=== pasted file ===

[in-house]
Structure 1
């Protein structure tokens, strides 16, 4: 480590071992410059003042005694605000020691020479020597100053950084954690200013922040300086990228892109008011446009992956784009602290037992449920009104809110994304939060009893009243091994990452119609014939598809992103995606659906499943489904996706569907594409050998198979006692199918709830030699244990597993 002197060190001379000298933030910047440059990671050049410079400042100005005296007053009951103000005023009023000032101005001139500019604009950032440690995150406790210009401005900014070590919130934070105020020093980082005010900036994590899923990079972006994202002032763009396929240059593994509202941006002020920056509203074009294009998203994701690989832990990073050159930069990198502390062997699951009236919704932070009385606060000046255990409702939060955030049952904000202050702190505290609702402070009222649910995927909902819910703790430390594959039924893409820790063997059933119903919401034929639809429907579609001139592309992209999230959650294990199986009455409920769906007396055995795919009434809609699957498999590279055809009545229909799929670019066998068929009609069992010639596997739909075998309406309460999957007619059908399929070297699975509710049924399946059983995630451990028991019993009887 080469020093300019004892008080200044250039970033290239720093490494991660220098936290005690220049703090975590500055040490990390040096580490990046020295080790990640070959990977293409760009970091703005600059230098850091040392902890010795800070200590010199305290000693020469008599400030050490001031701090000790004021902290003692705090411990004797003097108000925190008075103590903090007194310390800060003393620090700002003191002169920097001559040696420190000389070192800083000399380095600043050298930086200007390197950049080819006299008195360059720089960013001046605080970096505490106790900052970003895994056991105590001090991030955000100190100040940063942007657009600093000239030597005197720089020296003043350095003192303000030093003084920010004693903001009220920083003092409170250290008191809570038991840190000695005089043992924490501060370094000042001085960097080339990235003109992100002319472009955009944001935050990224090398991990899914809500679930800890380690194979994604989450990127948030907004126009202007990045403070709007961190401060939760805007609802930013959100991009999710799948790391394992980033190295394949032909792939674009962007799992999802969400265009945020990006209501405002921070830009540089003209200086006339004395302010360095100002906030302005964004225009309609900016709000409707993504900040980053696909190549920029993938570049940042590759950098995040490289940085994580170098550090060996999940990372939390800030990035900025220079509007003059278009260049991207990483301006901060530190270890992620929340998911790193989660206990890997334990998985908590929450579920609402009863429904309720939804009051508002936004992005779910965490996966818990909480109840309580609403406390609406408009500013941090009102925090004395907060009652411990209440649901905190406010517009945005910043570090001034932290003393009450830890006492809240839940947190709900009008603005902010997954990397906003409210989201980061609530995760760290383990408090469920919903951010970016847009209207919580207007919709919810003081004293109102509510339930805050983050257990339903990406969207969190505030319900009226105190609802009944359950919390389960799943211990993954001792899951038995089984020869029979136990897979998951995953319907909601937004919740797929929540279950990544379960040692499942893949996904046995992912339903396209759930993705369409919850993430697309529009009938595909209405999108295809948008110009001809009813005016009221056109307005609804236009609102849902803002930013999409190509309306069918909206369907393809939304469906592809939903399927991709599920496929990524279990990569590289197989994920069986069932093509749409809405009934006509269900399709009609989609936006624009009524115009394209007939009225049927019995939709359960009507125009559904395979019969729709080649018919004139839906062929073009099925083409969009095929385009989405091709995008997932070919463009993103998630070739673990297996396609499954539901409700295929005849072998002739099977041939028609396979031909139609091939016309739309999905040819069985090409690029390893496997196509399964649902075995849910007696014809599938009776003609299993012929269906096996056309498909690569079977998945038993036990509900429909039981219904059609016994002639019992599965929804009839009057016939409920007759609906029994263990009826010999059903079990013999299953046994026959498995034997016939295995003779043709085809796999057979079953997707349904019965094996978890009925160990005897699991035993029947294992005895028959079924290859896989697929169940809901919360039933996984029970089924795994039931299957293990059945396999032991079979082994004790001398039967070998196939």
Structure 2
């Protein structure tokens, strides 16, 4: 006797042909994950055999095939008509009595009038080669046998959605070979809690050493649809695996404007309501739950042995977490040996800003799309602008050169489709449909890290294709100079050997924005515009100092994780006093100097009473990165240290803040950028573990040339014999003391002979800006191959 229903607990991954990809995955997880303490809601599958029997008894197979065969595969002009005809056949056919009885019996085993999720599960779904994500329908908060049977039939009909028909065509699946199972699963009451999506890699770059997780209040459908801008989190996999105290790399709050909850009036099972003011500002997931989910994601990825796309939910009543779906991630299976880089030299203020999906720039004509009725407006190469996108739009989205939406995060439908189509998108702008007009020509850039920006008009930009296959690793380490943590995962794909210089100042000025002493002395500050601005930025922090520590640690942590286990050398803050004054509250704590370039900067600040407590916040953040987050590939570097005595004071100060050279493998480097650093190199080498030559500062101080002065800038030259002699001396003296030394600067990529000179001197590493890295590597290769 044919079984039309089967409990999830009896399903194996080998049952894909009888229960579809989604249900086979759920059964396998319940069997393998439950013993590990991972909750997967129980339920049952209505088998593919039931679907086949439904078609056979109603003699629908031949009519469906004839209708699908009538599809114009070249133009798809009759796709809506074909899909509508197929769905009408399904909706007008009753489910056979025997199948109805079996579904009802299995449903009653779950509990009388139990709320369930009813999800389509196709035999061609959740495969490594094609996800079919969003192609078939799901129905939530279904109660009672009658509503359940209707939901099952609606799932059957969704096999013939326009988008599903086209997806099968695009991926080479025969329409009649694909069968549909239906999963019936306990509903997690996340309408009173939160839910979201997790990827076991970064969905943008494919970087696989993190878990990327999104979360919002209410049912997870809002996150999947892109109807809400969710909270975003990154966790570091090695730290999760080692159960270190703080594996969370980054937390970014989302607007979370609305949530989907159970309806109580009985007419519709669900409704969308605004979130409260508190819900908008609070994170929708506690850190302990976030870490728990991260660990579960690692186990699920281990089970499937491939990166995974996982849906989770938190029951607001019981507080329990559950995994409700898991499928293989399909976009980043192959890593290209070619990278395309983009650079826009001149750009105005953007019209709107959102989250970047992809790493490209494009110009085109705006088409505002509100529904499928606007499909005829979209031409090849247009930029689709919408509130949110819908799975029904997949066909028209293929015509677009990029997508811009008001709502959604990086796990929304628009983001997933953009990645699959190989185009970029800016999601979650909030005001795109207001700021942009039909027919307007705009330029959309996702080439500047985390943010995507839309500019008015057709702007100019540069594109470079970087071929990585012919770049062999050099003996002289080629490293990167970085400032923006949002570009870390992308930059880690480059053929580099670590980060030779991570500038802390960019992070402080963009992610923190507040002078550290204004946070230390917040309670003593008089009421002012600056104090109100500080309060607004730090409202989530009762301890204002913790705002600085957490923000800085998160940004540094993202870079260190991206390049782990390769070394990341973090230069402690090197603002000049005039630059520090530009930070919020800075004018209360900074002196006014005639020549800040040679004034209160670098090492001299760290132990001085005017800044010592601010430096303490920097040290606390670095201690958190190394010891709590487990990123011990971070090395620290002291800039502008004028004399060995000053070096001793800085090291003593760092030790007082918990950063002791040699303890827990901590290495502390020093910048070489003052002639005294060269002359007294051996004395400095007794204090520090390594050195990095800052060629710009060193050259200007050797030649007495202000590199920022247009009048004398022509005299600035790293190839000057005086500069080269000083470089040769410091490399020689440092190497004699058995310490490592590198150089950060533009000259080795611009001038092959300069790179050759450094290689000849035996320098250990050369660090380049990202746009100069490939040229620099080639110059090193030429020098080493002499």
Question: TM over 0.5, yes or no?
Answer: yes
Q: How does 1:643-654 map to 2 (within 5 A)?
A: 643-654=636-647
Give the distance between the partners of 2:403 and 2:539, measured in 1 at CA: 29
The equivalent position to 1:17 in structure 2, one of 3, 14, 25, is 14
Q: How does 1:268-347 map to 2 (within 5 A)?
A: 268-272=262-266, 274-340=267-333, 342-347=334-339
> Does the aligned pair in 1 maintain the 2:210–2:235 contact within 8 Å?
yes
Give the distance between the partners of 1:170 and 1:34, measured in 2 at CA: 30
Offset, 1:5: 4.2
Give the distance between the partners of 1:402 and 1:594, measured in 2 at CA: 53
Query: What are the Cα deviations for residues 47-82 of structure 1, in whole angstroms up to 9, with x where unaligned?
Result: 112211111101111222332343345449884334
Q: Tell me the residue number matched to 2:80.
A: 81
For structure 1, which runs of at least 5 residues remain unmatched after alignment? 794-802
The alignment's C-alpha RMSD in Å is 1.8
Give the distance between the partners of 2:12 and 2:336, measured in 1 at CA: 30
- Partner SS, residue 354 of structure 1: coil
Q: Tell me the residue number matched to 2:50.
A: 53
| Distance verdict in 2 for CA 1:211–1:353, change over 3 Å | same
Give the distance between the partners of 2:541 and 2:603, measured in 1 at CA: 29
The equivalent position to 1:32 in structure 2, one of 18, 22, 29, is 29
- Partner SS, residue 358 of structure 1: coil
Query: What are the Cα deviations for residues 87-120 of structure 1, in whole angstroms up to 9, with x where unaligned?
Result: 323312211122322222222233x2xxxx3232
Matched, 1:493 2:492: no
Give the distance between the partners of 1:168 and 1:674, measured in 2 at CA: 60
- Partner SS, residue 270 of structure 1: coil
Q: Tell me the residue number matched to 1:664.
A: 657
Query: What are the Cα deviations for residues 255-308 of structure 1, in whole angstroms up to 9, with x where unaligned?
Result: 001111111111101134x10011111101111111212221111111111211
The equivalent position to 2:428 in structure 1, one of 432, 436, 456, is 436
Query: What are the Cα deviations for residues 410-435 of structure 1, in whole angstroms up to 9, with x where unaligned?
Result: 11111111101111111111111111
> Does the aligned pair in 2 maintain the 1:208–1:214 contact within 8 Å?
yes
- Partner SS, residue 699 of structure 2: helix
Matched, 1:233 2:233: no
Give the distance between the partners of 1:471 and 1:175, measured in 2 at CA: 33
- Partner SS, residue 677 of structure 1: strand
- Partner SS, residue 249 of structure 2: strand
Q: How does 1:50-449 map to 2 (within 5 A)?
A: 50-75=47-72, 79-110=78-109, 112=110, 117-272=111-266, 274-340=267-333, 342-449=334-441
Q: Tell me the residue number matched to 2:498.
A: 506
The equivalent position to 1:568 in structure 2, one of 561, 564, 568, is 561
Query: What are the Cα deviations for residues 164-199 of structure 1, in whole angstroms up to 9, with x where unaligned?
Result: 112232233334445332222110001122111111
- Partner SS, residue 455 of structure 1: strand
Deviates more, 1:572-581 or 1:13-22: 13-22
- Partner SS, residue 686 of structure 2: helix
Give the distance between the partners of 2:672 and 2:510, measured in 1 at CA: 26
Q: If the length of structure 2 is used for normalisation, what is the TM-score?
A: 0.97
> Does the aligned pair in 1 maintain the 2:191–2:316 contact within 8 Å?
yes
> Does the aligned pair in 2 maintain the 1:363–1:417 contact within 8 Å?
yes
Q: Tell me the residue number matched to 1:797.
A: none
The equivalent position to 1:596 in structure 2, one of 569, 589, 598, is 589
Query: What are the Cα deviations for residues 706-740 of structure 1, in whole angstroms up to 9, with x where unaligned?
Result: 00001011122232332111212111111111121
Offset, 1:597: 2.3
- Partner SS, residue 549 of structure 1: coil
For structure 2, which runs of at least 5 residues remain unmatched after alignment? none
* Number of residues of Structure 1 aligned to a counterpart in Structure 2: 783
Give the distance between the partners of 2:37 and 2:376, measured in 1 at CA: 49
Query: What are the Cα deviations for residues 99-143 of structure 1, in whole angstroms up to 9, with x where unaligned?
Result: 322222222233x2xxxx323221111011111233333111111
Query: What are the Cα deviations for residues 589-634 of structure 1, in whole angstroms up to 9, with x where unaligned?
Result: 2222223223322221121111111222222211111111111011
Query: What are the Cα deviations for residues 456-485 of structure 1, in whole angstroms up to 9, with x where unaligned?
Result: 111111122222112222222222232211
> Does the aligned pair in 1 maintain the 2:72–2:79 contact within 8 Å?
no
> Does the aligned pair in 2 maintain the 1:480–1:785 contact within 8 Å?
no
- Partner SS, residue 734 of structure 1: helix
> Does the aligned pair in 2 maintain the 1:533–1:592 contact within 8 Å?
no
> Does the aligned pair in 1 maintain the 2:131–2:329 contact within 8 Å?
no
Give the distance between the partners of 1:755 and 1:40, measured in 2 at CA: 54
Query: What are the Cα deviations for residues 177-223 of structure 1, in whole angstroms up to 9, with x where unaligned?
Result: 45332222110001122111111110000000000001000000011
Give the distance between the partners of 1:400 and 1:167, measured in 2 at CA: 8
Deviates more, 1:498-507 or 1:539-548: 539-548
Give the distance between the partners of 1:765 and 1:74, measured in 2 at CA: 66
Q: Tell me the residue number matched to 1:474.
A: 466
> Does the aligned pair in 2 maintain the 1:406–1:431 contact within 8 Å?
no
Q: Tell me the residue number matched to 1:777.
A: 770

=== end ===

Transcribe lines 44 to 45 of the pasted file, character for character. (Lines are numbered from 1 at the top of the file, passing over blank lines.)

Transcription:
Result: 11111111101111111111111111
> Does the aligned pair in 2 maintain the 1:208–1:214 contact within 8 Å?